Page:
The impact of the CEIFA funding shortfall was minimized on the Abbott districts largely due to their “parity-plus” court mandated protection.  State law forbids the budget of an Abbott district from falling below its level of the prior school year (Hu, 2006.)  Furthermore, under state law, if an Abbott district increases local property taxes without a state directive to do so, it will lose a similar amount of state aid. 


The CEIFA funding shortfall caused serious imbalances between local school districts.  During the 2005-06 school year, Abbott districts received approximately 58% of all state financial aid while educating only 23% of New Jersey’s K to 12 student enrollment.  This meant non-Abbott districts were educating 77% of New Jersey’s students with only 42% of state aid.  This imbalance has continued to widen under SFRA with Abbott aid increasing to approximately 60% of all state aid or $4.64 billion.  State aid reductions and the ever increasing unfunded state mandates force non-Abbott districts to balance their budgets by raising property taxes, increasing class sizes as well as cutting regular education programs and services.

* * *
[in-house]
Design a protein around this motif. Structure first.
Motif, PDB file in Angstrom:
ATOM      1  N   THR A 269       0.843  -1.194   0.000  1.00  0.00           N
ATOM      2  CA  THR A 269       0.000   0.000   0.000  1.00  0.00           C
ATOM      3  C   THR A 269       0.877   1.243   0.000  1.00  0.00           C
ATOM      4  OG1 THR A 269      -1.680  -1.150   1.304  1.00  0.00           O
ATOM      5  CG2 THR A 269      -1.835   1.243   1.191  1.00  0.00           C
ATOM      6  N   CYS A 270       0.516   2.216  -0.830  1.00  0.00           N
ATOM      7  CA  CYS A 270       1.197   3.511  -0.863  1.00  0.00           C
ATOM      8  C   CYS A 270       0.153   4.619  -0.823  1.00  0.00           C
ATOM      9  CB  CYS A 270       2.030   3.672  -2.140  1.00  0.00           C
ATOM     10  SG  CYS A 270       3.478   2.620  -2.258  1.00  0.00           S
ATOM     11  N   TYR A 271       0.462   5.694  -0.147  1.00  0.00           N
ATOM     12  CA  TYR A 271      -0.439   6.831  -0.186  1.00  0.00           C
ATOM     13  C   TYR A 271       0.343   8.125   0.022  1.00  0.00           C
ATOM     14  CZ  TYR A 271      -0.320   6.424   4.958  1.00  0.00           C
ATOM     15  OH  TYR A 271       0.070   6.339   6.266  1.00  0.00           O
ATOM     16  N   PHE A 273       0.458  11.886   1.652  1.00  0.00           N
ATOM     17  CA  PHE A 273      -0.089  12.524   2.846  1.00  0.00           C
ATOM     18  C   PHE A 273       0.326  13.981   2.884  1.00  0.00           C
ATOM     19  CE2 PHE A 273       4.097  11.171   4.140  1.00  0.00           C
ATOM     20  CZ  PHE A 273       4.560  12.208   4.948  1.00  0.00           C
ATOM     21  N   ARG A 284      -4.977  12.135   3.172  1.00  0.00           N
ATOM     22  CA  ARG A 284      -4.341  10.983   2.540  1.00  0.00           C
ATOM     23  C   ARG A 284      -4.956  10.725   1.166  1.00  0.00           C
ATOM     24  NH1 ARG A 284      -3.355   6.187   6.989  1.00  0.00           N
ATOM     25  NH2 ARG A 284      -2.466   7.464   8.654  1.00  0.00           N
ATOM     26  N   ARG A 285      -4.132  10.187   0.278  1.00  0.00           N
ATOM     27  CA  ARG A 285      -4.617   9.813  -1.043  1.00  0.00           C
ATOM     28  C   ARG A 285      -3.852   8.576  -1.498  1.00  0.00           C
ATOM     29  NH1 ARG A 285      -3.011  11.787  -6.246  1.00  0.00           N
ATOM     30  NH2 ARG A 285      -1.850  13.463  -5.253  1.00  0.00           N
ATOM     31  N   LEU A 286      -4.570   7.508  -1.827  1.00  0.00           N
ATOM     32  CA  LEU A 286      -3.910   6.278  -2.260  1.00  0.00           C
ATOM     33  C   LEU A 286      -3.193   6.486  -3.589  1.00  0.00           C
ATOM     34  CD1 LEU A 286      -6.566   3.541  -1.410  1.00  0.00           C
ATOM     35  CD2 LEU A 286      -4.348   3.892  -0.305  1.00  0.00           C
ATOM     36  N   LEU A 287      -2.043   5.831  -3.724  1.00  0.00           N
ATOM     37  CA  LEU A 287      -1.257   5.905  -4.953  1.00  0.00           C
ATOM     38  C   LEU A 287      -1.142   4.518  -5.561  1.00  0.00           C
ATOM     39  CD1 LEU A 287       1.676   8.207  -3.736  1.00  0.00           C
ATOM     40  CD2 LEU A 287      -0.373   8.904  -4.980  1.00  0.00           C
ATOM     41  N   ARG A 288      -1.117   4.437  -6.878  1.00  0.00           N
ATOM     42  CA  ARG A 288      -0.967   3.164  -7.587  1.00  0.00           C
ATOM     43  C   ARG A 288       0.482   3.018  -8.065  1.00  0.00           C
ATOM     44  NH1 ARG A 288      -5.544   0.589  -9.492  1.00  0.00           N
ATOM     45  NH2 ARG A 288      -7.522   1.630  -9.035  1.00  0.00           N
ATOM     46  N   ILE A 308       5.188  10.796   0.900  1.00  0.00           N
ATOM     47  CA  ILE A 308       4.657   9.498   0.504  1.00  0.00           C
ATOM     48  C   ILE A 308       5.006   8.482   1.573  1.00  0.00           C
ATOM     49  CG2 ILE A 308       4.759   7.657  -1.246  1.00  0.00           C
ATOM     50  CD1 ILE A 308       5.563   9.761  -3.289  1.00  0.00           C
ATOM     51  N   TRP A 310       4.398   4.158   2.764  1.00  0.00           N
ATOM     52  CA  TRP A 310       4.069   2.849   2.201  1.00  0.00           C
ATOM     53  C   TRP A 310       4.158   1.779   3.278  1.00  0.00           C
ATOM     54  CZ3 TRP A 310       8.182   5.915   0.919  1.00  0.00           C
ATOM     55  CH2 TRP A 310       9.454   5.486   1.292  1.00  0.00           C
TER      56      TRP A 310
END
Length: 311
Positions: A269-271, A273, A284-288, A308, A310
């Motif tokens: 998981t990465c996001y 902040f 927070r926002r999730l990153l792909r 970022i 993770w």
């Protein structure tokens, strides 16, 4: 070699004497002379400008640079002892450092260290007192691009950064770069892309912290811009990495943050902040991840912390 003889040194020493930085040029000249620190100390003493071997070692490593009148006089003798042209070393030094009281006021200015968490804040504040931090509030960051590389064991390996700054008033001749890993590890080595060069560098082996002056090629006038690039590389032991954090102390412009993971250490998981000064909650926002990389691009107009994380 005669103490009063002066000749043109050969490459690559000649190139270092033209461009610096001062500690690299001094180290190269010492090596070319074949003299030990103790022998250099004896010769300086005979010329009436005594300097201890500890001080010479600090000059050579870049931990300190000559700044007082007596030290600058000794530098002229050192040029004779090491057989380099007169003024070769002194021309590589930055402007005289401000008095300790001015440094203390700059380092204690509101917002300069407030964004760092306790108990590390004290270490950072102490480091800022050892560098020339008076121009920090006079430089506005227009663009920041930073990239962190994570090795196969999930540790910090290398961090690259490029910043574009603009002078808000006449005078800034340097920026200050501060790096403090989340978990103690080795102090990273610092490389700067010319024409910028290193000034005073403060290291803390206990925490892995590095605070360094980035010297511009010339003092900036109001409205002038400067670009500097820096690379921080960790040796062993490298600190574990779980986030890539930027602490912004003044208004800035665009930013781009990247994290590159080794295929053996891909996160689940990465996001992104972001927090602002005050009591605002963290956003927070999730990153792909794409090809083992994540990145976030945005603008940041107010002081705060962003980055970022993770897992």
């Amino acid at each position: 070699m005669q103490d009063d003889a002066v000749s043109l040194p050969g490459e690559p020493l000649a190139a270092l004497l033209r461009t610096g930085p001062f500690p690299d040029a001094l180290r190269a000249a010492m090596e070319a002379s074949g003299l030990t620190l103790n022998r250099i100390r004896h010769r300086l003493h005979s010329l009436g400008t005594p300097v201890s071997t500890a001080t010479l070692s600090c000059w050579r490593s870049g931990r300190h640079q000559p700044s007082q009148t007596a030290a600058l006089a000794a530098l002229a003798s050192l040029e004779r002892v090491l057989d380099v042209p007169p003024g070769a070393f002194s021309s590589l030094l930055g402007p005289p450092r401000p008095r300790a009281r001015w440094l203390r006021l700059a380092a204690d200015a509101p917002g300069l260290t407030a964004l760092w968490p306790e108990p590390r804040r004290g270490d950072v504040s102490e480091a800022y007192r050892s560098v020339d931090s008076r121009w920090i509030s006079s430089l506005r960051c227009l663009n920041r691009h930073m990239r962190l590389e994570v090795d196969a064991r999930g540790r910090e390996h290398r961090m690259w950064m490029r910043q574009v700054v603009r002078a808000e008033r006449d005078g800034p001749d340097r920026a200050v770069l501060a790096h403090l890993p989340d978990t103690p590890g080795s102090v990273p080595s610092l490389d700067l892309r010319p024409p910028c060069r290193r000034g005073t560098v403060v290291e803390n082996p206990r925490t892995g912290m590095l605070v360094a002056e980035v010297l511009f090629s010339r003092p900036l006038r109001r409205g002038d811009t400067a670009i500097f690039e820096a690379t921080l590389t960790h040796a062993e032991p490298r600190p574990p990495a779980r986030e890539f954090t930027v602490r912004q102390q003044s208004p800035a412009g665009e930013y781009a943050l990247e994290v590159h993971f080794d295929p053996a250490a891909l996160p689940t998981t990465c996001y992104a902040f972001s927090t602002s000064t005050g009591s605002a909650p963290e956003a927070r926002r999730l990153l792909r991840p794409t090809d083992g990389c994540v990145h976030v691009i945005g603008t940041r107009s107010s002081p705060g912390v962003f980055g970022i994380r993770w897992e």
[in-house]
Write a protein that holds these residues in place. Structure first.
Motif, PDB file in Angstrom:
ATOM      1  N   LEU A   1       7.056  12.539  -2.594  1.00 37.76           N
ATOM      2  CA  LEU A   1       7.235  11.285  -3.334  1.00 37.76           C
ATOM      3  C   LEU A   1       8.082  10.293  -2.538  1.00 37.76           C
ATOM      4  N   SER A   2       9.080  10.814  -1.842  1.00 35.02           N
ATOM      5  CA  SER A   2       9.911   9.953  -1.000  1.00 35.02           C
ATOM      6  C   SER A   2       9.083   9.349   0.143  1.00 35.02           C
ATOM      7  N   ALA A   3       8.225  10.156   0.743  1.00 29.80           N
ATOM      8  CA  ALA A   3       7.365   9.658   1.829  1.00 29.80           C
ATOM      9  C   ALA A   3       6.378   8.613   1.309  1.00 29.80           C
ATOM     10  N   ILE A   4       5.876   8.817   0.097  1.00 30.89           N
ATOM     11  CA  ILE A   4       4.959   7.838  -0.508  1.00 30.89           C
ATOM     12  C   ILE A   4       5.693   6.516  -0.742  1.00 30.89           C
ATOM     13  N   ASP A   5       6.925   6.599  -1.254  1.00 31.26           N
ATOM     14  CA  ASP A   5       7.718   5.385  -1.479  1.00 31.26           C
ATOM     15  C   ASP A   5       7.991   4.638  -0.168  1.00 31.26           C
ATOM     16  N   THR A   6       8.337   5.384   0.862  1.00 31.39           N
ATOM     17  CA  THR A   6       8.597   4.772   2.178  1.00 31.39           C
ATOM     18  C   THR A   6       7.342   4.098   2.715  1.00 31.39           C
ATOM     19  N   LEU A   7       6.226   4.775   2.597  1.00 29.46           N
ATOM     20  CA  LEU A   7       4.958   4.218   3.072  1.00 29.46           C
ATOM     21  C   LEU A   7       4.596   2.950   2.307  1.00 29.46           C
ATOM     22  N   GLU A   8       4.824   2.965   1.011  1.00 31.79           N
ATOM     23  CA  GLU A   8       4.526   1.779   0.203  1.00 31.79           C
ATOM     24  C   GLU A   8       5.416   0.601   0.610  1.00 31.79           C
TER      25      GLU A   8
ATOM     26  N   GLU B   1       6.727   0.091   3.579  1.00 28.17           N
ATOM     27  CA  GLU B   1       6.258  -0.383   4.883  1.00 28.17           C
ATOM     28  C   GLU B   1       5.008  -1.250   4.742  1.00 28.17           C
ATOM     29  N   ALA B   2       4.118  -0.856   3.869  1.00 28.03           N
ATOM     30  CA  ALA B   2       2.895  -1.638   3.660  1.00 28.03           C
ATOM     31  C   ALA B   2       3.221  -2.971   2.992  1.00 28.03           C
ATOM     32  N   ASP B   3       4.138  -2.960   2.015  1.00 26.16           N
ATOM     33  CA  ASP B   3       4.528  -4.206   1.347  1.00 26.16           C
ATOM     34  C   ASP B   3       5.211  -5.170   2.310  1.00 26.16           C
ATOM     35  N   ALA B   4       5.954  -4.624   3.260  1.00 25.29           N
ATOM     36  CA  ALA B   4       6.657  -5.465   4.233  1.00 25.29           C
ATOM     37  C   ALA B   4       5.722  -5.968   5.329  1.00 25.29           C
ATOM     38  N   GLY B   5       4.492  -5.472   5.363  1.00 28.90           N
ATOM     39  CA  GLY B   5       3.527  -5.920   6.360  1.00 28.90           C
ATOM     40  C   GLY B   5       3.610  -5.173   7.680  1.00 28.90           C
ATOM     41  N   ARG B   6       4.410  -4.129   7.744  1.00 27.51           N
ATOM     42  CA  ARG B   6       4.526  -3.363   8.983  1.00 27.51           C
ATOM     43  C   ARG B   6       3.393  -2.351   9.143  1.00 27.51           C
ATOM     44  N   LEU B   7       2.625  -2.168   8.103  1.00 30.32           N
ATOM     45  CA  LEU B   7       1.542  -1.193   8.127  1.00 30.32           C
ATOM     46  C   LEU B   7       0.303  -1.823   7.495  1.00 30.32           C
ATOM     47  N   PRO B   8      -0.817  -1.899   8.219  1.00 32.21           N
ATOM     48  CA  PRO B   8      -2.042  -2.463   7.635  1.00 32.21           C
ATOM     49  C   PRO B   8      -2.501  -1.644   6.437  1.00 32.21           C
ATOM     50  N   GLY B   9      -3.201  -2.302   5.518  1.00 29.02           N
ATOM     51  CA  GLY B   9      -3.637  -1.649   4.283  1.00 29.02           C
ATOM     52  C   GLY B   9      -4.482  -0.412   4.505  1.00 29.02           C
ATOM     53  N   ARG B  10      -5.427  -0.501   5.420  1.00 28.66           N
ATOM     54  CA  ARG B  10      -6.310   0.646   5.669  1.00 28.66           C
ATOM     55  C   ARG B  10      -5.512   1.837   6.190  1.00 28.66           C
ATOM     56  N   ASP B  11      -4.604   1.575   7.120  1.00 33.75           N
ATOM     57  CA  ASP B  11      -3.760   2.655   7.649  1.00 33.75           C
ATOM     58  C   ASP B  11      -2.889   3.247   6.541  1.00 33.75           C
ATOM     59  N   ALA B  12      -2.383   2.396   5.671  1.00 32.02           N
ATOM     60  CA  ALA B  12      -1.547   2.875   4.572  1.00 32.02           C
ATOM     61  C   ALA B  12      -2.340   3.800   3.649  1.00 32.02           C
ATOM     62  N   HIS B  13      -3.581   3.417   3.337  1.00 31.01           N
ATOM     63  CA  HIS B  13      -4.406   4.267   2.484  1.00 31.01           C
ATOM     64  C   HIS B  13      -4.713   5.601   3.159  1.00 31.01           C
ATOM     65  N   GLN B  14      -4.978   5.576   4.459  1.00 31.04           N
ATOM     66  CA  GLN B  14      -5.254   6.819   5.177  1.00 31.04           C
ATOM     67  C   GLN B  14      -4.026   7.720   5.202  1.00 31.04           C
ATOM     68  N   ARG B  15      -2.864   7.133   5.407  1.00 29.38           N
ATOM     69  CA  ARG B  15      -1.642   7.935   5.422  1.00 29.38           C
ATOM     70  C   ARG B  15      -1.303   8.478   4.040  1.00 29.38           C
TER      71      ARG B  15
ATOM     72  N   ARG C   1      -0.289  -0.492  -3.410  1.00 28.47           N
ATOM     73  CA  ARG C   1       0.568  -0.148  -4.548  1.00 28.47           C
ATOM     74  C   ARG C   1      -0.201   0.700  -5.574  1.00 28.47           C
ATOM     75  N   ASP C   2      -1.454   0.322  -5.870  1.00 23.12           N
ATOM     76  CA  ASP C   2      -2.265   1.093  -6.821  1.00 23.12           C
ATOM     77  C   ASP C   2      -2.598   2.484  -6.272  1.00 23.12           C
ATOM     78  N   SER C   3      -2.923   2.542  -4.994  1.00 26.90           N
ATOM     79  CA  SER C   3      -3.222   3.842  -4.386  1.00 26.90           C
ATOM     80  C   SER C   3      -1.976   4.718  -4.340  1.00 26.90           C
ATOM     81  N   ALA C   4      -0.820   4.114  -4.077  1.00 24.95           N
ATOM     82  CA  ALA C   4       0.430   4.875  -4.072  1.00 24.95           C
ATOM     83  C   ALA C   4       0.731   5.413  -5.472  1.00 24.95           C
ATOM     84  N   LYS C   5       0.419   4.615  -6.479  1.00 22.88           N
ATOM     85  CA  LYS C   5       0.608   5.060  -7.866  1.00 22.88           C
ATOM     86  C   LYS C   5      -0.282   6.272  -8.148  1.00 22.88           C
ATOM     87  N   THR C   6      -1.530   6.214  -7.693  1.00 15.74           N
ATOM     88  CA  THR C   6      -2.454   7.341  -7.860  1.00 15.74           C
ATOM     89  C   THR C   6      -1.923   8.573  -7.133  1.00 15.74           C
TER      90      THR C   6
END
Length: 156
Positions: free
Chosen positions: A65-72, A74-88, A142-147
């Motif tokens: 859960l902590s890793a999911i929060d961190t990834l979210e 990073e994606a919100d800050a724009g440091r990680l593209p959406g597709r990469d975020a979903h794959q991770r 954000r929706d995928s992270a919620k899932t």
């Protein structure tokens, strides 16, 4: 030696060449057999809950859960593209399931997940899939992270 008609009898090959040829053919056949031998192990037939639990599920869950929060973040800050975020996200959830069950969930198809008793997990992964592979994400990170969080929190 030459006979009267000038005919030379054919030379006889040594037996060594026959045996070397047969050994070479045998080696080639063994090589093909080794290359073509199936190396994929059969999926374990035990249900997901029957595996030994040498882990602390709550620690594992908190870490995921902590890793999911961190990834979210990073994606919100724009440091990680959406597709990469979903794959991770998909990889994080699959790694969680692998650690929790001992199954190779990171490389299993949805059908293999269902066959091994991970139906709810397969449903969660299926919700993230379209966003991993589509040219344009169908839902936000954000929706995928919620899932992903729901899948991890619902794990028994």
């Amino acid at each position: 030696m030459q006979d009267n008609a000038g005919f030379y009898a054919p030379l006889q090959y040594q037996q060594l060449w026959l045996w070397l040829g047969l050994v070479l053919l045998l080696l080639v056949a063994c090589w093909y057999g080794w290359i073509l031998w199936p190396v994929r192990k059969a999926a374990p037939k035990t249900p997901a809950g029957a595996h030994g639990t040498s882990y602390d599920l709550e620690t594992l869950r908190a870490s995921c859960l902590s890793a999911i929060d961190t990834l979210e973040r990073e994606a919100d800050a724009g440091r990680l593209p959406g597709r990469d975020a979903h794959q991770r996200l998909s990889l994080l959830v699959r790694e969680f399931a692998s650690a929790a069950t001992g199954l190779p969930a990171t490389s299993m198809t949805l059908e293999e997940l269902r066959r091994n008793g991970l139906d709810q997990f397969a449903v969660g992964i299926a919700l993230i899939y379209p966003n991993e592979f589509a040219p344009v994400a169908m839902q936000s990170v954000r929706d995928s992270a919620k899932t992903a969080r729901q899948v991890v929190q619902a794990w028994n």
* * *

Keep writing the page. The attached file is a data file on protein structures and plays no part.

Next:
As part of his statement of New Jersey Supreme Court certification in support of the Plaintiffs’ opposition to the School Funding Reform Act (SFRA) of 2008, Dr. Reock concluded (Sciarra, 2008) that “the State’s failure to fund CEIFA for the past six years directly resulted in an enormous shortfall of funding in districts across New Jersey.”  He went further to state, “By 2007-08, the sixth year of the CEIFA “freeze,” the total under-funding of state aid had reached $1.326 billion annually, despite the introduction of several new, smaller aid programs.”  The result was a state-driven increase in local property taxes within non-Abbott districts to make up for the shortfall. 


By passing through the majority of the cost of state mandates to local school districts, the State of New Jersey forces local schools to divert resources to bureaucratic regulatory compliance.  As a result, disproportionate amounts of a typical school district’s scarce financial and human resources are not invested in the classroom where they are needed most.  Local school districts would be able to operate more cost-effectively, earn a higher rate of return on their educational investment and provide greater accountability if they were free to concentrate on improving every student’s performance with the maximum possible level of local public support for the public funding of its public schools.